Have you ever wanted to add something a little extra to your quilt blocks? I recently started experimenting with embroidery and I LOVE it! It’s an easy way to add custom details to your work. Today, I wanted to share some embroidery tips and inspire you to give it a try.
Here are some Best in Show quilt blocks that I added embroidery to:
After piecing Best in Show blocks, I embroidered my messages before making my quilt sandwich and quilting.
Want to get started with embroidery?
Gather up some basic supplies!
1. Quilt block or fabric to embroider
2. Embroidery Hoop
An embroidery hoops makes your fabric nice and smooth, helping you keep your stitches even and consistent. Hoop sizes range from small (3″ in diameter) to large (12″ in diameter). I find a medium size, measuring 7″ works best for me. I tried a number of hoops, including inexpensive wood and a quilting hoop. I had challenges with both, as my fabric kept slipping and wouldn’t stay taut in the frame. For this reason, I really like the Morgan Hoop that has an interlocking tongue and groove.
3. Embroidery Hand Needles
I find I have am a bit more accurate with my stitching if I use a thinner embroidery needle. The higher the number, the thinner the needle (but that also means the smaller the eye to thread your floss/thread). If you’re new to embroidery, I recommend picking up a DMC Embroidery Hand Needles variety pack of sizes 1-5. After some practice, you may want to also give thinner hand needles a try. Getting a pack that has sizes 5-10 is a great way to experiment.
4. Cotton Floss (six-strand)
When working on cross stitch as a kid, I remember mini skeins of floss getting all tangled and knotted as soon as I took the tiny paper tubes off. Gone are those days! I love and use Aurifil cotton floss. It comes on a beautiful wooden spool—awesome for traveling and pretty to look at.
5. Marking Tool
If you don’t want to freeform your embroidery design, you’ll want to draw or trace it on your fabric before you start. I like Clover Air Erasable Pens. If you use these, you’ll have to work pretty quick or trace your design in sections. The marks fade over time, about 1-8 days. If I want my drawing to last a bit longer, I use a Clover Water Soluble Pen. Marks made with this pen typically come out with a little bit of water. With any marking tool that you use, it’s always best to test to make sure the marker doesn’t have an adverse reaction to the fabric you’re using.
6. Small Scissors
7. A Safe Place to Store Your Needle
When you’re not using your sewing needles, have a needle minder hold them for you! Be sure to check out my cute (and strong) Sew Speedy needle minder.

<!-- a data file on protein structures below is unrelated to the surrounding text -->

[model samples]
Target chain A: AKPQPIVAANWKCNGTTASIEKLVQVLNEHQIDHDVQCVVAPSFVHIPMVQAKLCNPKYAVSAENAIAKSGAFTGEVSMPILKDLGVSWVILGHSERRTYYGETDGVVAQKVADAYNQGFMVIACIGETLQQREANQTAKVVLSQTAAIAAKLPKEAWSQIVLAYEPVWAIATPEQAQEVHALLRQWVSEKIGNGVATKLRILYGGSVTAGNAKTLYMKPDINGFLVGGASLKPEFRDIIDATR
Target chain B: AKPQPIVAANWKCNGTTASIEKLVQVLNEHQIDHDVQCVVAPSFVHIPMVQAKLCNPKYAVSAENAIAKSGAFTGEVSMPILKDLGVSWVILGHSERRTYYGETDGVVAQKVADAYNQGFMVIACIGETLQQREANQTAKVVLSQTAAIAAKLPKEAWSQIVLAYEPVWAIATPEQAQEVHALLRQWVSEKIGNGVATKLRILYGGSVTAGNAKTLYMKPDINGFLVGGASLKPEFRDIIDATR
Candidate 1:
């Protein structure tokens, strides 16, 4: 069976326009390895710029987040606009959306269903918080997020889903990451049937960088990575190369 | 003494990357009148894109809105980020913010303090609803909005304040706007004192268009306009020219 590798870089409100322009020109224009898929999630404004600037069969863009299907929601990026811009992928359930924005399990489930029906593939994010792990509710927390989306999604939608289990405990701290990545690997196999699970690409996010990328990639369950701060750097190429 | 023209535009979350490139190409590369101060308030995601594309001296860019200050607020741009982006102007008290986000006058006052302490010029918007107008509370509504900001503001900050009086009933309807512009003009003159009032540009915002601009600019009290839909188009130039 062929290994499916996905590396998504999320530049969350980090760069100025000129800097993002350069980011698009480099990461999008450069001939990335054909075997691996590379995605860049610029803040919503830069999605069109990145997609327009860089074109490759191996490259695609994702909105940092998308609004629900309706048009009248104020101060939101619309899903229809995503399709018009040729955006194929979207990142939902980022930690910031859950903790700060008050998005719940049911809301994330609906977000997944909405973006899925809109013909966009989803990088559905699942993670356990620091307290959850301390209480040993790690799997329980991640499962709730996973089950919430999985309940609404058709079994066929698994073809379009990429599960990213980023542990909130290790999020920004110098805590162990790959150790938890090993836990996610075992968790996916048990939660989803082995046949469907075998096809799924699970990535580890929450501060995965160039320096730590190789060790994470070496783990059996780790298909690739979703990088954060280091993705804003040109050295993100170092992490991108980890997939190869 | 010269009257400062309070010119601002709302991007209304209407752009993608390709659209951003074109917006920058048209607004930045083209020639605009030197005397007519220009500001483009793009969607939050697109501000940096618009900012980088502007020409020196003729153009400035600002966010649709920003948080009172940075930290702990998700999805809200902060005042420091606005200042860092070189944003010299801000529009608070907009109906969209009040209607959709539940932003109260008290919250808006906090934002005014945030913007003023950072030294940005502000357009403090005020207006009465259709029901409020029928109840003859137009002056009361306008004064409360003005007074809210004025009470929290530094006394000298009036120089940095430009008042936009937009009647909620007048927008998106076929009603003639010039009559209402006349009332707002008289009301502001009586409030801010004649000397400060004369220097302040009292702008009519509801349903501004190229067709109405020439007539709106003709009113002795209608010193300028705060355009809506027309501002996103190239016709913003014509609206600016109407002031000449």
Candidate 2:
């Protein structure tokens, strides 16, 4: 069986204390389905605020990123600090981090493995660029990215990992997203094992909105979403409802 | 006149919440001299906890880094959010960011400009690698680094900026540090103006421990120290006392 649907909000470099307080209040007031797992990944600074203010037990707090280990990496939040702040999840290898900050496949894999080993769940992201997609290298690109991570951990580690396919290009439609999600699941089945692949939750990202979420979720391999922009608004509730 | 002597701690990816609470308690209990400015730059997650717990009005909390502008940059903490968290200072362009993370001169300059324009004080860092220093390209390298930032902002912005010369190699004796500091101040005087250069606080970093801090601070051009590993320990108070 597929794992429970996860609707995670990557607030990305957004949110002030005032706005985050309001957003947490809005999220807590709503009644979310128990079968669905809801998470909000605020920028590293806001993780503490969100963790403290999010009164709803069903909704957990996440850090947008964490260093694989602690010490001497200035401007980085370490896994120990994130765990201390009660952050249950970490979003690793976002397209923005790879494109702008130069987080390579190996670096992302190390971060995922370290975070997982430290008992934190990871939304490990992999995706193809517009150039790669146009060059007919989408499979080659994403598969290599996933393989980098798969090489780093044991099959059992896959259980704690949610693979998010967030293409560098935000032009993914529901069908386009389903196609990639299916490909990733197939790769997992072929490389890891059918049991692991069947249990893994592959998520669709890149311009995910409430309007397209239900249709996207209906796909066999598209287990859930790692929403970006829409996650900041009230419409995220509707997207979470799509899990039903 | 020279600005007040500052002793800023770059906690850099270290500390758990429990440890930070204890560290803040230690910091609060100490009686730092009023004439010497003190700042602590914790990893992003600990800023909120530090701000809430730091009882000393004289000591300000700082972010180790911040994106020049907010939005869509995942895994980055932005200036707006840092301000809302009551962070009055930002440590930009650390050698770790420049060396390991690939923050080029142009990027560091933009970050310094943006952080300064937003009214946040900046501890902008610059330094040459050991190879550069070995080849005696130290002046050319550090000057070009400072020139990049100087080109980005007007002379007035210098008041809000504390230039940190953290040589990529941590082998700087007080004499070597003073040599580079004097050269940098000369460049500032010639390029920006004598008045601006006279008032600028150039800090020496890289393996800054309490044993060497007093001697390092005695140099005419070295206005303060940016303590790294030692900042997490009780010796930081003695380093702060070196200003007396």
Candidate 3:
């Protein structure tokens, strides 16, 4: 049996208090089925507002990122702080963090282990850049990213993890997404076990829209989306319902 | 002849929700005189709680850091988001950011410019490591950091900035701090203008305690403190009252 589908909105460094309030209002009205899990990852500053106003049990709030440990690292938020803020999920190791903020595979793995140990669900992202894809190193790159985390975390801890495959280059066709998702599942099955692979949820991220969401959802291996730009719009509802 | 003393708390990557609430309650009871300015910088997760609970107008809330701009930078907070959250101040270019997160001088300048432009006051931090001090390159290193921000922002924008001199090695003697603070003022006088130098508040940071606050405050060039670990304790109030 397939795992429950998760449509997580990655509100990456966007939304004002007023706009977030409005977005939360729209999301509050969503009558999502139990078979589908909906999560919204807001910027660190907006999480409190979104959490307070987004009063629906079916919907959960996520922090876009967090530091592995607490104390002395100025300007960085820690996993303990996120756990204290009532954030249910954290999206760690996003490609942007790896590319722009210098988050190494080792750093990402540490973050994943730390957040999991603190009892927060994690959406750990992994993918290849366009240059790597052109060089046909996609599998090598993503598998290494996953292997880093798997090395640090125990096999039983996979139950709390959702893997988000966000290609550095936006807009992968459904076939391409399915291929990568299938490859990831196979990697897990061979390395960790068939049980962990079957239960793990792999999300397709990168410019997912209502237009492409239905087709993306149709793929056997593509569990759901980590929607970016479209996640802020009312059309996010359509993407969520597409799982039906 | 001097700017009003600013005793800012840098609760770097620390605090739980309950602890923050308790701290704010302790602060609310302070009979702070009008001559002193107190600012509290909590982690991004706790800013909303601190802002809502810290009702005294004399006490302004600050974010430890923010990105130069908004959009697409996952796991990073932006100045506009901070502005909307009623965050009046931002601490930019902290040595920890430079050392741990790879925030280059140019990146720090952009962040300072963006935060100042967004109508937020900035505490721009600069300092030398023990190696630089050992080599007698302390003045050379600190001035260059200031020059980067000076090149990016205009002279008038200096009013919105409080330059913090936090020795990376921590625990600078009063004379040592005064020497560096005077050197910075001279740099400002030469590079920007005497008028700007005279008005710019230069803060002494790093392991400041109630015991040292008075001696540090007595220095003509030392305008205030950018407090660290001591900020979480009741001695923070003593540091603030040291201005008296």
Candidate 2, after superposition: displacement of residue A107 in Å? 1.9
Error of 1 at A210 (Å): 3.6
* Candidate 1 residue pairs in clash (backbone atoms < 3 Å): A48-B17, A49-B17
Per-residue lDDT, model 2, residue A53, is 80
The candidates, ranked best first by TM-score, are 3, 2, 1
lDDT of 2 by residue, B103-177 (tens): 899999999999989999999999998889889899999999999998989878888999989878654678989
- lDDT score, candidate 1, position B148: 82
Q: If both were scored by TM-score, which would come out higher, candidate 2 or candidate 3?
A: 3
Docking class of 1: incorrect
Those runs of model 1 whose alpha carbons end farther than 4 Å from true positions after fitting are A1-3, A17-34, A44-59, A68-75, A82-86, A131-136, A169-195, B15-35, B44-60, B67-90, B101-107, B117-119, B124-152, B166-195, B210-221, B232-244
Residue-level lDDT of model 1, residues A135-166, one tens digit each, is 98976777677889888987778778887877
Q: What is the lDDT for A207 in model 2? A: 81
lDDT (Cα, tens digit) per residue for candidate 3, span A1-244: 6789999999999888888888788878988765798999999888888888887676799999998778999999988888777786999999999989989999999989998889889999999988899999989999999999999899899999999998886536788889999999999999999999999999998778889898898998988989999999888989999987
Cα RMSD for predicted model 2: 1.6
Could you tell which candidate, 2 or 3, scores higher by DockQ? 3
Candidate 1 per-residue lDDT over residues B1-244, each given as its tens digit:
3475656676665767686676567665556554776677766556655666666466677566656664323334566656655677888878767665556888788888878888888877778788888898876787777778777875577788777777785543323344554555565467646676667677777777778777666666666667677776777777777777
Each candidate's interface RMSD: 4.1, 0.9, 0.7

KEEP IT TIDY!
I temporarily hem the raw edges of my block to avoid fraying while embroidering. It’s easy and it keeps edges neat and tidy. Press your raw edges about ¼” – ½” under and then secure with a long stitch on your sewing machine. When you’re done with your embroidery, you can remove these long basting stitches and press the hem open or simply trim the hem.
Trace it out.
I test out and audition what I want to embroider on my computer. Once I’m happy with my design, I’ll print it out.
Here’s a tip: I fold both my printout as well as the area in my fabric I want to embroider in half both horizontally and vertically. I can then use those fold lines as guides to align my printout and fabric before I trace my design on to my fabric. The creases will eventually work their way out.
I use Painter’s Tape to first secure my printout to my lightbox. I love my Daylight Wafer 1 Lightbox. It’s slim and gives off great natural light—I actually use it for all sort of things other than tracing (like extra light when I’m photographing or even lighing up a room for a Zoom call!). If you don’t have a lightbox, you can also tape your printout to a window.
Once the printout is secure, I then position my fabric (using my horizontal and vertical fold lines). Once the alignment is set, I’ll tape my fabric down on top and then begin tracing.
Clover Air Erasable Pens are great for tracing since the marks fade on their own (anywhere from 1-8 days). If I’m taking my time with the embroidery process, I’ll sometimes have to go back and touch up some of my lines.
First step—get your needle threaded with your floss. I like big chunky stitches, so I use all 6 strands of my floss. If you’d like a thinner, more delicate line weight with your embroidery, you can separate the strands and use less.
Here are some tips for working with floss:
• Cut your floss about 12″ – 18″ in length, about the length from the tip of your fingers to the inside of your elbow. If you cut your floss longer, it’s more likely to knot when you’re stitching. Longer floss lengths also mean a lot more work! Remember, you need to pull the full length of the floss through every stitch.
• Threading all 6 strands of floss through a needle eye can be tricky. I find cutting the end of the floss at a 45 degree angle (see photo below) and then wetting it with my tongue or fingers makes it a bit easier to get the floss through the needle eye.
My preferred stitch is a Split Back Stitch (shown above).
I find that with some practice, I can be precise with this stitch and I love the way it looks. Check out the videos below and stitch along with me!
Are you ready to end your floss? Check out how I do it:
This is what my embroidery looks like from the back—nice and tidy!
This is just one type of embroidery stitch. There are lots of different styles of stitches that allow for a variety of effects.
Give it a try!
I hope you’re inspired to incorporate embroidery into your quilt blocks! The Best in Show quilt block is the perfect project to experiment with incorporating embroidery. It also makes a great custom gift.
Get your copy of the pattern here and start today!